Dayton Retirement: Friendship Village

 Dayton Retirement: Friendship Village

This retirement community has always integrated itself into the community.

Friendship Village has been a cornerstone of the community for just over 40 years, which it’s honoring with its Forty Acts of Friendship campaign. Through this, Friendship Village has helped Habitat for Humanity, administered flu shots and began a scholarship fund.

“Our positive influence in the community has made us an icon,” says Pam Hall, director of sales and marketing at Friendship Village. “Many, many people have called it home.”

Friendship Village has programs not only for their residents, but for the community, too.

“We step out and invite the public in,” says Jerome Demmings, executive director of Friendship Village. “Many of our residents still go out into the community and volunteer. That is another key component.”

Some programs the public can attend are health fairs and seminars on topics like identity theft and when to call your doctor.

For the residents of Friendship Village, there are many activities like bingo, dances, zumba, trips to Hueston Woods and Dayton Dragons games. They also have Senior Week, Theme Day and support groups for diabetes and Alzheimer’s.

One of Friendship Village’s recent fun days was the Friendship Fair, complete with cotton candy, snow cones and carnival games. They’ve also hosted corn hole tournaments and even a dog show.

“We pulled it off with the staff that works here,” says Hall. “They love it.”

On campus, community members and residents 60 years and older can meet and grow new relationships at Friendship Village’s Coffee House over a cup of Friendship coffee.

Friendship Village residents also lend a hand to Village Treasures, a secondhand store managed and run by the residents on campus.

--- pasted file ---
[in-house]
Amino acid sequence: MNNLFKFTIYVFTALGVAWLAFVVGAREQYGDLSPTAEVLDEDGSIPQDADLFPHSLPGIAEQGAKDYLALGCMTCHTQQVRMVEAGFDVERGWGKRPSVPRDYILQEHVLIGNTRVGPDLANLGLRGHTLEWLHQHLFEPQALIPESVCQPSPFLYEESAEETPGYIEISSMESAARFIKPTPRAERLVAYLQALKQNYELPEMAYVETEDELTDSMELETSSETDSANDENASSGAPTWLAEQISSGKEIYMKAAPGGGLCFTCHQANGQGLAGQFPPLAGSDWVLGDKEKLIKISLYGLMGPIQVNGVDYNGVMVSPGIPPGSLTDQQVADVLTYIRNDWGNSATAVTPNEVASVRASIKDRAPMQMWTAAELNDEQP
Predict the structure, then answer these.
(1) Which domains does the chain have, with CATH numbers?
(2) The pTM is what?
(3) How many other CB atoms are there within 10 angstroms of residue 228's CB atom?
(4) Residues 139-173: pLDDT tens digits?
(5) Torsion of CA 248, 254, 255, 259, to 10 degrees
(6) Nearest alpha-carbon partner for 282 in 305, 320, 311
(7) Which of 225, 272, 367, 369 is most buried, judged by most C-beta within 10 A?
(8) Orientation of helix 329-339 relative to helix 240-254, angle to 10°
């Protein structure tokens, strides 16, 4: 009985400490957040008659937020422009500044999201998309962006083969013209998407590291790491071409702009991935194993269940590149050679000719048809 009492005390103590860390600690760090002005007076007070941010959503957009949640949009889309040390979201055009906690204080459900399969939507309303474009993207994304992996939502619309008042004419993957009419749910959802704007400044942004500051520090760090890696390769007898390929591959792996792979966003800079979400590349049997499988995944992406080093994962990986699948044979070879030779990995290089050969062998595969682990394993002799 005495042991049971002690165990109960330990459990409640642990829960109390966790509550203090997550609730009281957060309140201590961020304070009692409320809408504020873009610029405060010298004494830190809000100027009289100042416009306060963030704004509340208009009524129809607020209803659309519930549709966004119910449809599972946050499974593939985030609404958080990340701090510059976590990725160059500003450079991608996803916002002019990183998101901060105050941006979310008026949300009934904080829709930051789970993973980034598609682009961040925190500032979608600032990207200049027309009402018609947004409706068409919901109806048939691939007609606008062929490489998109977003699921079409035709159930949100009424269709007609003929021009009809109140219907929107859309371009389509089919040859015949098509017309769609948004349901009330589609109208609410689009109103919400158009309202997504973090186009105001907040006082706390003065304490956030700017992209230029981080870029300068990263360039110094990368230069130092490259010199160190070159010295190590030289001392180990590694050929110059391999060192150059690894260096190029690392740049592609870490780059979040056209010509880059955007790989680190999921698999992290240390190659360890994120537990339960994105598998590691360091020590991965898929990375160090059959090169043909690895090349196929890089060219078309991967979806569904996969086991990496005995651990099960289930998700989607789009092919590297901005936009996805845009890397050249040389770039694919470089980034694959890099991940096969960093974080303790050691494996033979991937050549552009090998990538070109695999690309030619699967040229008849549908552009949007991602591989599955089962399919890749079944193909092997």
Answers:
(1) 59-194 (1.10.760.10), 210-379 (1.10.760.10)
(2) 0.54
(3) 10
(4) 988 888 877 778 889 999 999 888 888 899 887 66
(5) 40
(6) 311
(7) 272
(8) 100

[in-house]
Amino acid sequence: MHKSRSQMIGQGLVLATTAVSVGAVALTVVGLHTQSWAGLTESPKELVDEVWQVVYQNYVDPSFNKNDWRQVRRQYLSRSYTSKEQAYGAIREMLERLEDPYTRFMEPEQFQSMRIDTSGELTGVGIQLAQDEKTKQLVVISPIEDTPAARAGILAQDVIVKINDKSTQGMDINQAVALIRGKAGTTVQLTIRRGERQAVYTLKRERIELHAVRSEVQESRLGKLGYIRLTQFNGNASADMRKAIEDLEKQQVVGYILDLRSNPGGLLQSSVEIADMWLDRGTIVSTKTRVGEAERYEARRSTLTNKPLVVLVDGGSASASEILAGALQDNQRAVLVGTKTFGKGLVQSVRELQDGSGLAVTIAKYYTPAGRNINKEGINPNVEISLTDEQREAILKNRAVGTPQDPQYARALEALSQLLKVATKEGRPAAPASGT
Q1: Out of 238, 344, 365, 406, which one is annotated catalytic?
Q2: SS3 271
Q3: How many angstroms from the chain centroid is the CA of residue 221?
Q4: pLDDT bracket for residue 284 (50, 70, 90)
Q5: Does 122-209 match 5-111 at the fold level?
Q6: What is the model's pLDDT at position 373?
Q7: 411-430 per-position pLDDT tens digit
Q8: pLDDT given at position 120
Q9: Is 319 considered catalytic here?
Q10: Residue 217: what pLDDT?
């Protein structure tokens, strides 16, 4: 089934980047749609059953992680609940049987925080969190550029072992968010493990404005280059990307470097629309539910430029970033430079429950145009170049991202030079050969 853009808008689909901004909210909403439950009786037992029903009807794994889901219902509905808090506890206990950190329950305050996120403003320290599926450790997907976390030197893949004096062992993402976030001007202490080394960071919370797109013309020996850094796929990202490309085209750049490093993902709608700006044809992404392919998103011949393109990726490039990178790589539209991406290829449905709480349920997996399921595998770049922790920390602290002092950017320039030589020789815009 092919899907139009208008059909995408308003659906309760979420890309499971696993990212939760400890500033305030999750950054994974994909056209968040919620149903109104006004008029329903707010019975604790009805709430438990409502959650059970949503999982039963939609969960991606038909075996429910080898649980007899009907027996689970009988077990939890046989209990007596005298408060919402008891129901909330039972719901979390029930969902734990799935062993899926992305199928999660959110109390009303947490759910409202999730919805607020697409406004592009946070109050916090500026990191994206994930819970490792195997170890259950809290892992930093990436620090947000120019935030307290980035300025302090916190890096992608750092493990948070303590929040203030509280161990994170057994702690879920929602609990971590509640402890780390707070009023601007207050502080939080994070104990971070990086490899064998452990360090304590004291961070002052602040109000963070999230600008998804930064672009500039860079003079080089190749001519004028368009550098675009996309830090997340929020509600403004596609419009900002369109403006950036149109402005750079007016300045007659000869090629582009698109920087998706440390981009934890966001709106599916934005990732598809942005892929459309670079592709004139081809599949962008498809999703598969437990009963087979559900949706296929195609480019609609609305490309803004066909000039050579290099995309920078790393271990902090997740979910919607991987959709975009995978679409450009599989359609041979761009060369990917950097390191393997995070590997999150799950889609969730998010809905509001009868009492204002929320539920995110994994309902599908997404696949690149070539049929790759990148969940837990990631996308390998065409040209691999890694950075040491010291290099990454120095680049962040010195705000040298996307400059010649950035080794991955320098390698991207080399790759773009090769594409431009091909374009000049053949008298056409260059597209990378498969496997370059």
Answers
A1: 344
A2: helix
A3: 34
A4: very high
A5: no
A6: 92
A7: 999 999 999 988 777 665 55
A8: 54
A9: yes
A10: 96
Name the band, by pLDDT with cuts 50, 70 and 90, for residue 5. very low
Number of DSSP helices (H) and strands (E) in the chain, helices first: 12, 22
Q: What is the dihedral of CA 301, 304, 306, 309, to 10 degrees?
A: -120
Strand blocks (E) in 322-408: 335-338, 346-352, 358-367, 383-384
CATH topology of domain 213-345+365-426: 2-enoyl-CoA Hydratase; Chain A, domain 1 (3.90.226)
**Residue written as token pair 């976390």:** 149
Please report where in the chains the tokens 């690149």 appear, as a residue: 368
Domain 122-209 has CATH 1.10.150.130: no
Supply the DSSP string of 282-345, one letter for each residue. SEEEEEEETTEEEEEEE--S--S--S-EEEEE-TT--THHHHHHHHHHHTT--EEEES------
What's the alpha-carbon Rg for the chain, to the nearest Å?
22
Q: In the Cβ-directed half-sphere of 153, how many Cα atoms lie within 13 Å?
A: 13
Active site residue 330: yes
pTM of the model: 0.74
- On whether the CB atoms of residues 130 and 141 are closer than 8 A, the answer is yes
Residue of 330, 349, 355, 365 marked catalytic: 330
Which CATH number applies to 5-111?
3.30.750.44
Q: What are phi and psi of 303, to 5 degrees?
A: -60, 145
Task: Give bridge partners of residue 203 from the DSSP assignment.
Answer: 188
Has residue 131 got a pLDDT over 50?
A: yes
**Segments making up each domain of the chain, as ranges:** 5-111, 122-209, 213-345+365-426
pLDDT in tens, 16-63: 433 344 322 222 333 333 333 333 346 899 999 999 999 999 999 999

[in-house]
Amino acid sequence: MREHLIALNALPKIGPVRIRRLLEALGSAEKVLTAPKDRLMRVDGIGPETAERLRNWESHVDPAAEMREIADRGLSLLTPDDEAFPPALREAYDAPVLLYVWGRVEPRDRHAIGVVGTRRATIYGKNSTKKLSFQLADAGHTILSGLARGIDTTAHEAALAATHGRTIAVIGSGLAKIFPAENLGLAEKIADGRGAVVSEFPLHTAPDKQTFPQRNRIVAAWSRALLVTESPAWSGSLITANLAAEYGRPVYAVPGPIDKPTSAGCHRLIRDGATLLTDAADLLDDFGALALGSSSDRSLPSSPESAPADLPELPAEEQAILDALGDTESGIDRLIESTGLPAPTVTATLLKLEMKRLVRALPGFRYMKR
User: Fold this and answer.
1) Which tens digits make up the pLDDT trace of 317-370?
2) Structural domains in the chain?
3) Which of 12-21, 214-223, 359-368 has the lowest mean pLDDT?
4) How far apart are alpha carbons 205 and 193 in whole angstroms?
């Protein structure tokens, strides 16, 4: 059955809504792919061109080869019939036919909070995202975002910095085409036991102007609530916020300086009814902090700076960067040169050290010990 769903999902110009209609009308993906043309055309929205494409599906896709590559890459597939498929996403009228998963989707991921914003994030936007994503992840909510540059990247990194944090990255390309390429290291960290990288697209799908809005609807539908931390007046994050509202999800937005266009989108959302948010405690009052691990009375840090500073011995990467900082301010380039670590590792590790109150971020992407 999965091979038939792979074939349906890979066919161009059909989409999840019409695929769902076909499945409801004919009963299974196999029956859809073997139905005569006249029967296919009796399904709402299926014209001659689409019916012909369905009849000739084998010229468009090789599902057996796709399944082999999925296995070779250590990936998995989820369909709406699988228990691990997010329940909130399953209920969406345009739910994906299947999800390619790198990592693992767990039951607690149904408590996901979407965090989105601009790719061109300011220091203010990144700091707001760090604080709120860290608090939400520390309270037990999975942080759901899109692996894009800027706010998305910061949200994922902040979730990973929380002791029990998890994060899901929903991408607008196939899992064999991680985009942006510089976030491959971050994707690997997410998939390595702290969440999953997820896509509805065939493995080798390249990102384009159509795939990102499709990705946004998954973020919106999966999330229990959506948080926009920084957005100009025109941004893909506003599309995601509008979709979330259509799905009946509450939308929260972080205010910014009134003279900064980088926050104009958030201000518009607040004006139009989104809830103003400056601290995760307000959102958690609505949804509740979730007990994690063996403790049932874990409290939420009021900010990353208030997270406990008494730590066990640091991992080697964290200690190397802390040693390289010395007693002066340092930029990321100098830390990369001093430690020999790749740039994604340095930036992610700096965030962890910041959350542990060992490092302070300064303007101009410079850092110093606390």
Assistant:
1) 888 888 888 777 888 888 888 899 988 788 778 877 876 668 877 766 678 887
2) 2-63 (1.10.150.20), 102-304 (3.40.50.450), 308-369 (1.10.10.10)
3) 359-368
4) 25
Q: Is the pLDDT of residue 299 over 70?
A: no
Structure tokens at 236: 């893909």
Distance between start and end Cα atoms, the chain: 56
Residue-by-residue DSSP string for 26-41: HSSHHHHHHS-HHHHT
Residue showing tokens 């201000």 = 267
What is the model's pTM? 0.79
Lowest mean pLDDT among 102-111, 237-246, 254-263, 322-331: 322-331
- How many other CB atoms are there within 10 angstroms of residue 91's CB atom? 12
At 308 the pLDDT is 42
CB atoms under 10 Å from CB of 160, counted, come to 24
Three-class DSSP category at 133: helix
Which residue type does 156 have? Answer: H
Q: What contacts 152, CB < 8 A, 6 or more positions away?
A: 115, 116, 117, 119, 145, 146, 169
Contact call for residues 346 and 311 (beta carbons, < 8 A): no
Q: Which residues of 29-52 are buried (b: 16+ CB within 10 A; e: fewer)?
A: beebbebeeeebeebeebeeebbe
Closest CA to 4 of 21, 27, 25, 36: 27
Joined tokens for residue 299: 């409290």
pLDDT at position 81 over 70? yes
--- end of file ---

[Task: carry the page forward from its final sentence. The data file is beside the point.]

“It’s amazing to work at a community of talented residents,” says Demmings. “They work even with a foot of snow on the ground.”

Hall says that everything goes on just as planned and the residents play a role in making Friendship Village a great retirement community.

The campus has a fine arts room, woodshop, craft room, extensive library, flower and vegetable garden, Wii, a card lounge and more.

Friendship Village currently has 450 residents on campus and 400 staff members. This retirement community offers independent living, assisted living and rehabilitation services as well as nursing care.

“We try to meet the greater need of our residents,” says Demmings.

One of Friendship Village’s residents has been staying at “the friendliest place on Earth” for 38 years, which is nearly as long as Friendship Village has been serving northern Dayton.

Recent developments for the retirement community include the purchase of 50 acres, but they are still making decisions on what they will do with it.

“There have been a wide range of suggestions, but the goal is that it will be beneficial to the community as well,” says Hall.

Demmings agrees, saying that the committee will look at how the area is evolving and make a decision based on strategic planning.